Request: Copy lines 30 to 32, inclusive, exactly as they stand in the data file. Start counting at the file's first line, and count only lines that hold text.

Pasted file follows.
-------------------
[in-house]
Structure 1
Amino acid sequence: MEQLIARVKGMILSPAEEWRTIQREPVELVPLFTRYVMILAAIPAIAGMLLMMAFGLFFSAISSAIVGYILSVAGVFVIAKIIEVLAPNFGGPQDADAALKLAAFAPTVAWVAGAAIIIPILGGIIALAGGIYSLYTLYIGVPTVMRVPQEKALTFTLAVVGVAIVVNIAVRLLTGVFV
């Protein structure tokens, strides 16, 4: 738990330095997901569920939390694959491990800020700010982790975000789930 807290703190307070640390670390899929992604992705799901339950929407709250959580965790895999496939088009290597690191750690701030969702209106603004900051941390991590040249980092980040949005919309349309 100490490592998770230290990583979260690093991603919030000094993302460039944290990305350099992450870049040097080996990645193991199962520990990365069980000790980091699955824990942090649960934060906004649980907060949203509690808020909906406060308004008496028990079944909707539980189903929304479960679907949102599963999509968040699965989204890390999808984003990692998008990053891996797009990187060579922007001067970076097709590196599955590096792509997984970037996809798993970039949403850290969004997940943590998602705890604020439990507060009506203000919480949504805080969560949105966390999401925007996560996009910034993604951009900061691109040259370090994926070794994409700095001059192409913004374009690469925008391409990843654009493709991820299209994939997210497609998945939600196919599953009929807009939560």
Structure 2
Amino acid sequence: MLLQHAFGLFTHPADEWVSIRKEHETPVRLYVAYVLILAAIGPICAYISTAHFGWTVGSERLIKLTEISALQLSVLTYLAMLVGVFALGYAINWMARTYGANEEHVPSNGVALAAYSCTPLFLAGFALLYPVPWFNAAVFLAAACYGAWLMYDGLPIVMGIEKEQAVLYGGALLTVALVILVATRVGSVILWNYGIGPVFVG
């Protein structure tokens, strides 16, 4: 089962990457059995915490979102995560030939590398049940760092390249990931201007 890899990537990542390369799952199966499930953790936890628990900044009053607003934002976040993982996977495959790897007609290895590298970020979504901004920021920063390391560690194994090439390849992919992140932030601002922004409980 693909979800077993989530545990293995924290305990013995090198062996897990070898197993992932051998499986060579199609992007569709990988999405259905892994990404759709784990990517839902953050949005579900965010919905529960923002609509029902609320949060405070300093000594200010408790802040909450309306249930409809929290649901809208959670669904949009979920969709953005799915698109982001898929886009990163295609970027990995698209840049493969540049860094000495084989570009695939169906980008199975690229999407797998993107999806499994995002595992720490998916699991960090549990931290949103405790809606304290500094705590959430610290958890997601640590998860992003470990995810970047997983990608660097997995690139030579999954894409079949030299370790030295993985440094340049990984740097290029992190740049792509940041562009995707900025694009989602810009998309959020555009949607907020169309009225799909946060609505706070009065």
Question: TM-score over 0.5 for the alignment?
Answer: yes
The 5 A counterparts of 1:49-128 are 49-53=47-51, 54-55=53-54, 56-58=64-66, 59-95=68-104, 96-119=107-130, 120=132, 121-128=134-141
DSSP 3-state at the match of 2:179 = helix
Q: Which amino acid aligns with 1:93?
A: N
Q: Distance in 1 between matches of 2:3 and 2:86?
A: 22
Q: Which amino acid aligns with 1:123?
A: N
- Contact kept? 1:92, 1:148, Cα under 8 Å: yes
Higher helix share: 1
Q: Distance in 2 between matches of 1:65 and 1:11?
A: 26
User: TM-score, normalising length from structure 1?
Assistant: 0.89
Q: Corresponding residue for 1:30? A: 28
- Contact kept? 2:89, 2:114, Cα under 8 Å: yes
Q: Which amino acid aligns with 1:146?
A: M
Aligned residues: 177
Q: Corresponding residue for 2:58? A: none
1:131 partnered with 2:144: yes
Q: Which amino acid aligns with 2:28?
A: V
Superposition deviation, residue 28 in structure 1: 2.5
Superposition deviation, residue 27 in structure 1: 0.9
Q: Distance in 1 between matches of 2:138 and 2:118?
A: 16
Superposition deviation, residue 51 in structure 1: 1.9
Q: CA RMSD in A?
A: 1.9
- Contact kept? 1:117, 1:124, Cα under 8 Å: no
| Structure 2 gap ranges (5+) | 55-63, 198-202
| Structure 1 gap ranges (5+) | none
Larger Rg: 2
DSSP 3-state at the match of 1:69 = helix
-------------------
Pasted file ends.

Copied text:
1:131 partnered with 2:144: yes
Q: Which amino acid aligns with 2:28?
A: V